Neighbours saying no to senior’s housing project – Northern News Services

Matonabee Street neighbours critical of a senior’s housing project planned for their neighbourhood came out of a development appeal board hearing last weekend uncertain what may lay ahead with its construction.

Colin Baile spoke on behalf of 13 other people for more than two hours at the hearing and made the case that both council’s decision and the city staff’s permit issuance should not be allowed to go forward.

Baile and other neighbours have continued to insist that they do not oppose the merits of the project or the need for seniors housing, but that the decision making needs to be done fairly and with the neighours’ proper involvement.

“We made the systemic statement that the neigbouring property owners have never been opposed to development on this lot,” he said. “…the appeal was about process and that process led to poor choices around what the development could best be.

“The development appeal board had no authority to deal with neighbours because all of that stuff should have been dealt with by council.”

Baile also opposed the project on issues of procedural fairness where he determined that neighbours were denied access to the project’s traffic-impact study.


He argued there are issues of attitudinal and relationship bias involving Coun. Niels Konge and an alleged friendship with AVENS CEO Daryl Dolynny and that Konge didn’t come to the process with “an open mind” based on video comments he made as a councillor.

Baile alleges that Konge had a relationship bias with Dolynny as it was his understanding that both are personal friends and business associates. Baile drew from 2012 and 2014 photos from the councillor’s personal Facebook page showing the two together.

“Place yourself in the situation where you have a legal dispute with someone,” Baile said. “You find that person’s Facebook page picture of that person with their arm around the judge hearing your case. The caption under the photo is “Hanging out with my redneck friends.’”

Baile also drew on quotes by Konge at the Jan. 25 governance and priorities committee meeting saying they demonstrated ‘attitudinal bias’ or an unwillingness to be an open-minded decision maker before all submissions were made.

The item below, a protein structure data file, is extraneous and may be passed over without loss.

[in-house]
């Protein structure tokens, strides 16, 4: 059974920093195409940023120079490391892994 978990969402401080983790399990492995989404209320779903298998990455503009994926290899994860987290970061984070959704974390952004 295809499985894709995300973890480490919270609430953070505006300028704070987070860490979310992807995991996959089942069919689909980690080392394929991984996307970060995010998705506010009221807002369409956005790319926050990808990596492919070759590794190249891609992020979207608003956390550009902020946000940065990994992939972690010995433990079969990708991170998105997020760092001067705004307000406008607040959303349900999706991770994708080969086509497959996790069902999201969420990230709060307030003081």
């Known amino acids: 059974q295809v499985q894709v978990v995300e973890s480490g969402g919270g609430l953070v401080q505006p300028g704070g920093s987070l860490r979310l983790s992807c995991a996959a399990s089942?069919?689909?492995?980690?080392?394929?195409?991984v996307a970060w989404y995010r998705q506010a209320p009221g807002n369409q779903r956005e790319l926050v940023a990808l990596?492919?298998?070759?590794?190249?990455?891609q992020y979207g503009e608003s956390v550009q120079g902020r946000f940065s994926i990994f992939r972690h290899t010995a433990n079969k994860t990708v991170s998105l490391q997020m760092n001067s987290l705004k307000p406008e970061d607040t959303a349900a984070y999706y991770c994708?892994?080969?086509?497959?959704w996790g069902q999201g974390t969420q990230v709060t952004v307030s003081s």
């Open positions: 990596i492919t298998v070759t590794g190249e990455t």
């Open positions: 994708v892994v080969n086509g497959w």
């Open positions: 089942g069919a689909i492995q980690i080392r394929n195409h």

“For me as a councillor it is super easy, absolutely yes to conditionally permitted use,” Konge said in a committee video.

“I look forward to this coming to council so I can officially say yes.”

Baile also pointed to Konge saying that the community can “throw a wrench into it” by going to the development appeal board, showing attitudinal bias.

Earlier this year, Yellowknife city council approved a proposal from AVENS: A Community for Seniors to construct a special care facility on its property along with 102 seniors independent and supported-living units.

The development permit was granted on April 16.

Baile also opposed the project on issues of procedural fairness where he determined that neighbours were denied access to the project’s traffic-impact study.

The City of Yellowknife was represented by staff members Kerry Thistle and Libby Macphail and AVENS was represented by Toby Kruger, lawyer, and Thomas Milan, project manager during the hearing.

Thistle and Macphail contended that the city followed proper protocol throughout the permit process.

Both municipal representatives pointed out that two governance and priorities committee meetings were held and council debated the issue extensively before approval.

“So it is our submission that council properly followed and approved the permit,” Thistle said.

Milan said during his presentation that AVENS feels it has met the concerns of several representatives, not only neighbours but the federal and territorial government, AVENS residents and non-government organizations like the Yellowknife Seniors Society — most of whom favour the development.

He said time is of the essence as the project was set to break ground on June 1 and there is risk of losing the construction season.

“We were hopeful construction would begin this spring, but that is not the case,” he said.

“We sit here today facing the potential of more delays.”

The board has 60 days to decide on the appeal from the date of the hearing.

Baile and other neighbours said that they were pleased to make a case but it is anyone’s guess what lies ahead.

“I felt very confident that our message was heard and whatever happens we have voiced our concerns about the process undertaken by the city and that was the goal and I believe we achieved that goal,” he said.

Dolynny said that the project team does remain concerned about getting as much work done as possible this summer and said that the project hinges on the board making a decision soon.